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algae

This is a discussion on algae within the Beginner Freshwater Aquarium forums, part of the Freshwater Fish and Aquariums category; --> what are the most effective ways to get rid of algae? she has tried algaecide, didnt work.. covered the tank with black blanket for ...

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Old 09-17-2006, 06:33 PM   #1
 
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algae

what are the most effective ways to get rid of algae?

she has tried algaecide, didnt work..

covered the tank with black blanket for three days to minimize light and algae growth...didnt work...

she does water changes every day...doesnt work...

it either stays the same or gets worse...what is the solution?

tank stats are normal...at the time of algae growth the ammonia was very high...

bri
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Old 09-17-2006, 06:39 PM   #2
 
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Any chance of a pic? What kind of algae is that?
There are various types of algae in which removal can be quite different.
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Old 09-17-2006, 08:52 PM   #3
 
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I've found that snails are a blessing. Snails are freebies with any live plant purchase, no matter how well you think you shake them off. Anyway, it seems that the tanks with the most snails have less of the hard to remove algae (green to black stuff that grows on rocks and glass). (The stringy stuff I remove by hand, and is only prevalent in one of my tanks.....not sure why, perhaps because of the lighting)

I have two types of snails:
(1) cornet (like a triangle?) shaped snails that live in the substrate and will be all over the glass during the night, I don't know if they really eat the algae? I think they break down the waste though.
(2) and then the ram's horn shaped-shell snails -- they love algae and I believe they help keep the water sparkling clear!

When my snails die off, I know there is a problem with the tank, and algae will start becoming a problem. I could be off about how useful they are, but it seems that a tank with the ram horn snails requires less maintenance. Not sure if you want to introduce them to your tank, as they will certainly multiply and I will hand pick them out - the ram horn one's don't multiply nearly as fast as the cornet shaped ones.

Other thing to consider is how much light the tank is getting -- make sure you get the light hooked up to a timer so the tank doesn't get excessive periods of light a day.
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Old 09-18-2006, 02:35 AM   #4
 
It depends on the algae. Some fish like Otos, certain plecos (Brisstlenose for example), farlowellas (get big), Cherry barbs, Siamese Algae Eaters, Some shrimp, snails, etc. Most will not eat all types of algae.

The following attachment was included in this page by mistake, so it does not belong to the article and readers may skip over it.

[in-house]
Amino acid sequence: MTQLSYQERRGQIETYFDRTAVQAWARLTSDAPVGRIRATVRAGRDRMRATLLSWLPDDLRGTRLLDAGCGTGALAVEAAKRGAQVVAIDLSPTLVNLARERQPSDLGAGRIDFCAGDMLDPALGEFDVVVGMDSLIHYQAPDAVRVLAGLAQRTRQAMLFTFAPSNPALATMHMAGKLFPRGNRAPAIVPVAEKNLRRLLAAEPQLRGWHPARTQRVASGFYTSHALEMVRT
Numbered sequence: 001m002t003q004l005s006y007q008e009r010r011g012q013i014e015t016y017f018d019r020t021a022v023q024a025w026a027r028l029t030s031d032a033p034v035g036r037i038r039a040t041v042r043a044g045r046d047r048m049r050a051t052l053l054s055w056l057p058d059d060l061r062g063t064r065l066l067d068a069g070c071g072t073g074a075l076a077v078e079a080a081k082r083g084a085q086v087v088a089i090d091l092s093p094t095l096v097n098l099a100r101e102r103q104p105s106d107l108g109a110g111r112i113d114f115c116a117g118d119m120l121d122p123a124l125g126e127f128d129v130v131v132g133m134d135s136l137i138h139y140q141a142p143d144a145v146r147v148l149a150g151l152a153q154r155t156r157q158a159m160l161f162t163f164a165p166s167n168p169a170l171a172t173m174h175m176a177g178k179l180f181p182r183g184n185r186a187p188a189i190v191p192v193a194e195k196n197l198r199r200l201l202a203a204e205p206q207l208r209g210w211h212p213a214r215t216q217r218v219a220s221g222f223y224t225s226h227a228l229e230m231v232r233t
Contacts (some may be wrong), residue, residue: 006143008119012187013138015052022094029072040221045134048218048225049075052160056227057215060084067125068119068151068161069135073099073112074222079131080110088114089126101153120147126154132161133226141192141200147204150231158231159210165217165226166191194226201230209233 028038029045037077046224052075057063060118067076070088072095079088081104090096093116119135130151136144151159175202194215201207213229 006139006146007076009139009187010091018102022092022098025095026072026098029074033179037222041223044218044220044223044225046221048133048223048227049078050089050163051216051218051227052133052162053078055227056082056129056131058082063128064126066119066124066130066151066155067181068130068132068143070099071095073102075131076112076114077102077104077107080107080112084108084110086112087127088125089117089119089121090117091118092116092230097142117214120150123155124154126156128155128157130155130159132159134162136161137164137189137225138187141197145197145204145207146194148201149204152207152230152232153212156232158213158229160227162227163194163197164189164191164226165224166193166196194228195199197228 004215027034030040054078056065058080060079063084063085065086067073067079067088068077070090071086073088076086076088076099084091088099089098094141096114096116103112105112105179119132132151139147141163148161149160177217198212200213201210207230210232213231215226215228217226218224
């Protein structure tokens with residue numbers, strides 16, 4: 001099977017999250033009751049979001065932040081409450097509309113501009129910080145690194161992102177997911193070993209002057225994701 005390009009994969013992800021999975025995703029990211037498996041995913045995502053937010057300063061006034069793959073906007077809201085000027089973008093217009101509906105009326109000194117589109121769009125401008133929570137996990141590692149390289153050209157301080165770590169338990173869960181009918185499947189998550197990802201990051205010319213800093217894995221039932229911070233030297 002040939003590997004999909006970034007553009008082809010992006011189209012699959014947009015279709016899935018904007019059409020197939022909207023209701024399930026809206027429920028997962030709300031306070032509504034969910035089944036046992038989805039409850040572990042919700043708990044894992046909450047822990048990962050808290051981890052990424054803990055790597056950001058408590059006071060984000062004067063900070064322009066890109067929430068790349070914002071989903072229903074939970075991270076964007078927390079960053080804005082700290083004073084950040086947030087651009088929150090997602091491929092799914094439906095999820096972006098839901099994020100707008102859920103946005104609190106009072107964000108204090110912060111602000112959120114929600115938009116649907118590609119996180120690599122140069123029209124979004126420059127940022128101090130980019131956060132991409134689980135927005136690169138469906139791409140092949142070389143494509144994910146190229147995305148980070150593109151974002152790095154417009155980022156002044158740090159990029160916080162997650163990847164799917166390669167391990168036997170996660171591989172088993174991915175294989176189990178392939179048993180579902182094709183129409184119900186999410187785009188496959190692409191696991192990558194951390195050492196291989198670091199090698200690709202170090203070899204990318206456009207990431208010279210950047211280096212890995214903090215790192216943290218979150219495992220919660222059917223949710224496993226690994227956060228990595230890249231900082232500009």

The black out method willl work, but the tanks need to be blacked out for at least a week.

Plants can work, but it can be a delicate balance. Too many plants and not enough of one nutrient can kill plants, thus, creating more nitrates.

Lighting can also effect the growth. Too much from the tank lights and/or nearby light from windows can also promote algae growth.

Not enough gravel cleaning/water changes will promote algae growth. This is becuase if you have a good filtration and a well established tank with lots of nitrifying bacteria, the ammonia and nitrITES may not rise, but the nitRATES can.
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Old 09-18-2006, 01:56 PM   #5
 
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none of these seem to be the problem, she does frequent water changes, as i stated...and the tank is NOT near a window...it is a very dark room...light stays on for about 8 hours a day, and the black out method did NOT work.

the algae is not growing on anything, it is making the water green and cloudy. i do not think that buying another fish at this point would be effective since her tank is most likely overstocked as it is. she has 3 platys, 1 swordtail, 2 danios, a tiger barb and 6 baby mollies. oh....and its a 10 gallon tank.

bri
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Old 09-18-2006, 02:01 PM   #6
Lauri
 
Are there any live plants in the tank?
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Old 09-18-2006, 02:03 PM   #7
 
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no...she had live plants the first time she set up a tank but they (like the fish) kept dying so she gave up. she wont do live plants.
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Old 09-18-2006, 02:07 PM   #8
Lauri
 
ok, thats the only thing I could think of would be dead plant matter in the tank we had the same problem water turning cloudy and green turns out it was the plant matter. Did she clean the gravel really well after she took the plants out, there might be some left in the gravel causing the problem. Sorry if its not much of a help. I havent had to deal with algae much.
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Old 09-18-2006, 02:32 PM   #9
 
Ahh. the dreaded green water. GW is an algae bloom. Typical causes is excessive nutrients, but overfeeding, too much light, not enough water changes/gravel cleaning,

Cures:
1. UV filter or Diatom filter - Diatom filter is rather messy and can only be run for several hours. UV can be run 24/7/356 if needed.
2. Reduce the amount of feedings
3. Reduce amount of light the tank is exposed to. If the lights are on for 12 hours, try reducing to maybe like 10 hours
4. Perform more frequent gravel cleaning/water changes.
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Old 09-19-2006, 02:43 PM   #10
 
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UV filter? can be placed right into a regular filter? or is this a separate mechanism?

bri
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